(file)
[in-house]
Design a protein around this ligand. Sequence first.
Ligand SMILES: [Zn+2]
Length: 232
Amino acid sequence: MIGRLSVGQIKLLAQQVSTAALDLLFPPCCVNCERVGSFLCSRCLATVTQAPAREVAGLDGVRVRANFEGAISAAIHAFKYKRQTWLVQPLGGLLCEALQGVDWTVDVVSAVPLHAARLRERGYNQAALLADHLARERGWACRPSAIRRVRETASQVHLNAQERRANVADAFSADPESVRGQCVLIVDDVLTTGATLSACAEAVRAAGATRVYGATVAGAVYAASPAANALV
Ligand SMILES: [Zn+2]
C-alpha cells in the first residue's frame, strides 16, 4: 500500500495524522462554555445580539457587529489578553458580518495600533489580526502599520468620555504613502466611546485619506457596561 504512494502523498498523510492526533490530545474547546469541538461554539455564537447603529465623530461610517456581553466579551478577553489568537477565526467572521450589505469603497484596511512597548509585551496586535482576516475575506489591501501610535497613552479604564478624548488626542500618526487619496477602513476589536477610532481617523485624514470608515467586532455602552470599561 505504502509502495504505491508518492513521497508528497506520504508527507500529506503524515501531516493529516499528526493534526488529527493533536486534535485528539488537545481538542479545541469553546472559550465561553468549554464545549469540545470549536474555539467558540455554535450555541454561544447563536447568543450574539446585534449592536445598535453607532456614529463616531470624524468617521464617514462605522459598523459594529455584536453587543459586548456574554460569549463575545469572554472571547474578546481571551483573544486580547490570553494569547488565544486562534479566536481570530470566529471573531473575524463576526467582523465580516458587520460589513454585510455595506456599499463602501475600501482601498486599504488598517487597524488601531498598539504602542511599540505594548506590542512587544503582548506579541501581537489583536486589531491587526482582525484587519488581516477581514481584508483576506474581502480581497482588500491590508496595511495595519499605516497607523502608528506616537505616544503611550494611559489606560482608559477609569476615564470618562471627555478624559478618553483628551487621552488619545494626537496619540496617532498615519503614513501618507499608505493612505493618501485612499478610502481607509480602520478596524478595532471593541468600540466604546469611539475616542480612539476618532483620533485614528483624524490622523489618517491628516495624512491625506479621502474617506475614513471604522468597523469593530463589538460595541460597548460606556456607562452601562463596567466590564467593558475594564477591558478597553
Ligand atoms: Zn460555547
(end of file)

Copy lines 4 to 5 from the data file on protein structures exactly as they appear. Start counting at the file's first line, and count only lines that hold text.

Length: 232
Amino acid sequence: MIGRLSVGQIKLLAQQVSTAALDLLFPPCCVNCERVGSFLCSRCLATVTQAPAREVAGLDGVRVRANFEGAISAAIHAFKYKRQTWLVQPLGGLLCEALQGVDWTVDVVSAVPLHAARLRERGYNQAALLADHLARERGWACRPSAIRRVRETASQVHLNAQERRANVADAFSADPESVRGQCVLIVDDVLTTGATLSACAEAVRAAGATRVYGATVAGAVYAASPAANALV